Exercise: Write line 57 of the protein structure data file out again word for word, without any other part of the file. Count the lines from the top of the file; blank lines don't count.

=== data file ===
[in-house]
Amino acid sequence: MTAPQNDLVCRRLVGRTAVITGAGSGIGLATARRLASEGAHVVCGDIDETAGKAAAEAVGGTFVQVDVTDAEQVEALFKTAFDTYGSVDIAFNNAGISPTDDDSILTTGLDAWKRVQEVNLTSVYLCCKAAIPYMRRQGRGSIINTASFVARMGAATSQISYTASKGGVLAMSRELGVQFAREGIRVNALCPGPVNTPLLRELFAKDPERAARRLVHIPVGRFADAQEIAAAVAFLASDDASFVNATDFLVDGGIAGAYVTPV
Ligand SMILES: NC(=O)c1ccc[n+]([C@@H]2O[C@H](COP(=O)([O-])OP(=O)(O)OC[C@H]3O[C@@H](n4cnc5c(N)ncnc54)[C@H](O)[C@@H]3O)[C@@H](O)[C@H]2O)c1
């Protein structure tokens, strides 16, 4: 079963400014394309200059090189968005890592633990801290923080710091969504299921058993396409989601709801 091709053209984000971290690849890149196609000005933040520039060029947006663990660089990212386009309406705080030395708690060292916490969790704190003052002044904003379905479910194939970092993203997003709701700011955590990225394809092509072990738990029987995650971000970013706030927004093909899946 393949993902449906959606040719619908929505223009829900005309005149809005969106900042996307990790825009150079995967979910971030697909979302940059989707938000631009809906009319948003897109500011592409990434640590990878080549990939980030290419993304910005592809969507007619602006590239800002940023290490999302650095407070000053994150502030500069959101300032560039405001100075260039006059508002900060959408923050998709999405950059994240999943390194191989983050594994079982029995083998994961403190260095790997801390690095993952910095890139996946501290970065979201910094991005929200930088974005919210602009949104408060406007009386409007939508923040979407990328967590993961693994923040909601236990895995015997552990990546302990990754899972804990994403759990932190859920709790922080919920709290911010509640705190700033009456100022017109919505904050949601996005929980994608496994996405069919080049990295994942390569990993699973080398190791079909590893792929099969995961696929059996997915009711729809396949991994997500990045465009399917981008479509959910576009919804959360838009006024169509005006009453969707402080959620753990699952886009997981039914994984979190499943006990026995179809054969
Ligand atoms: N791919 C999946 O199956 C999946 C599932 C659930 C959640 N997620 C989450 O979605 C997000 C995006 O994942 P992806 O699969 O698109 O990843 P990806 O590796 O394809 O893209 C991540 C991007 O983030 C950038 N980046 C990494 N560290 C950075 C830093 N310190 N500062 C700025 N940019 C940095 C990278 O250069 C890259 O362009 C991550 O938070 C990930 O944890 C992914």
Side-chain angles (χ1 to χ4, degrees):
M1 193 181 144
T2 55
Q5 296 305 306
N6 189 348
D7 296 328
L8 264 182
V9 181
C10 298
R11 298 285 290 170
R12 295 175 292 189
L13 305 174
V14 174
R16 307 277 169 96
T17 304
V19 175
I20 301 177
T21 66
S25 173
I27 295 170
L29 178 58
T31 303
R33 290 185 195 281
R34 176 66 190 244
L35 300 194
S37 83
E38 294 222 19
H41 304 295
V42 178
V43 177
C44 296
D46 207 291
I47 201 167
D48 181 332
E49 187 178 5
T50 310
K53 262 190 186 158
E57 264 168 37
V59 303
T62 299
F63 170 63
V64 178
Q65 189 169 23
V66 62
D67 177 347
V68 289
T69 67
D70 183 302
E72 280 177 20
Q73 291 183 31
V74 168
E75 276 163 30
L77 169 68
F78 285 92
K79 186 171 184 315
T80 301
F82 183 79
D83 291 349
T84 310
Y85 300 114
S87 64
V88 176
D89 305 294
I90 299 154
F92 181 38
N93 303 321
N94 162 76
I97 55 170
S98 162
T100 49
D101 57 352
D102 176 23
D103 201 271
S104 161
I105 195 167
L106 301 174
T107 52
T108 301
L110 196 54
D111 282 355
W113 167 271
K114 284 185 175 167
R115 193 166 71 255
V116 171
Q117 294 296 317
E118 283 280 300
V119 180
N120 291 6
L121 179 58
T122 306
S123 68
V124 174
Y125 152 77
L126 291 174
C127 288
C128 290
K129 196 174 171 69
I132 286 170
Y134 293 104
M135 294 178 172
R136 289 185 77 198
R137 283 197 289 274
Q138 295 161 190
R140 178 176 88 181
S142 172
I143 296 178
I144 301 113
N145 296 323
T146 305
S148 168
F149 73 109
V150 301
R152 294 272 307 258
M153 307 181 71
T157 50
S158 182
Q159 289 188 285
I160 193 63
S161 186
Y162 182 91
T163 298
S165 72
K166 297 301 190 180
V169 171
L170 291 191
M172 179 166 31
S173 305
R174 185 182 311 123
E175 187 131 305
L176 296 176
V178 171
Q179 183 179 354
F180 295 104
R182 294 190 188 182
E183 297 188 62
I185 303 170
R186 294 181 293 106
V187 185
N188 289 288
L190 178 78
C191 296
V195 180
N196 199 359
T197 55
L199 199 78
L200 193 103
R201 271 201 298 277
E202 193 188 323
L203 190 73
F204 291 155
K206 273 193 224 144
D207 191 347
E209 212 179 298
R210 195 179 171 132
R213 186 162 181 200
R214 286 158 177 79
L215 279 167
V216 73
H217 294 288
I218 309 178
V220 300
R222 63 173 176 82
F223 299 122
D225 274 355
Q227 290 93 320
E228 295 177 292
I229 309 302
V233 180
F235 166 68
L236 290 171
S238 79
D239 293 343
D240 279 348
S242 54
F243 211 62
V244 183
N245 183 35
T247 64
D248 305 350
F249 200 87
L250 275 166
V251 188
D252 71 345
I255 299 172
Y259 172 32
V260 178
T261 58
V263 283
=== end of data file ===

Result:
E75 276 163 30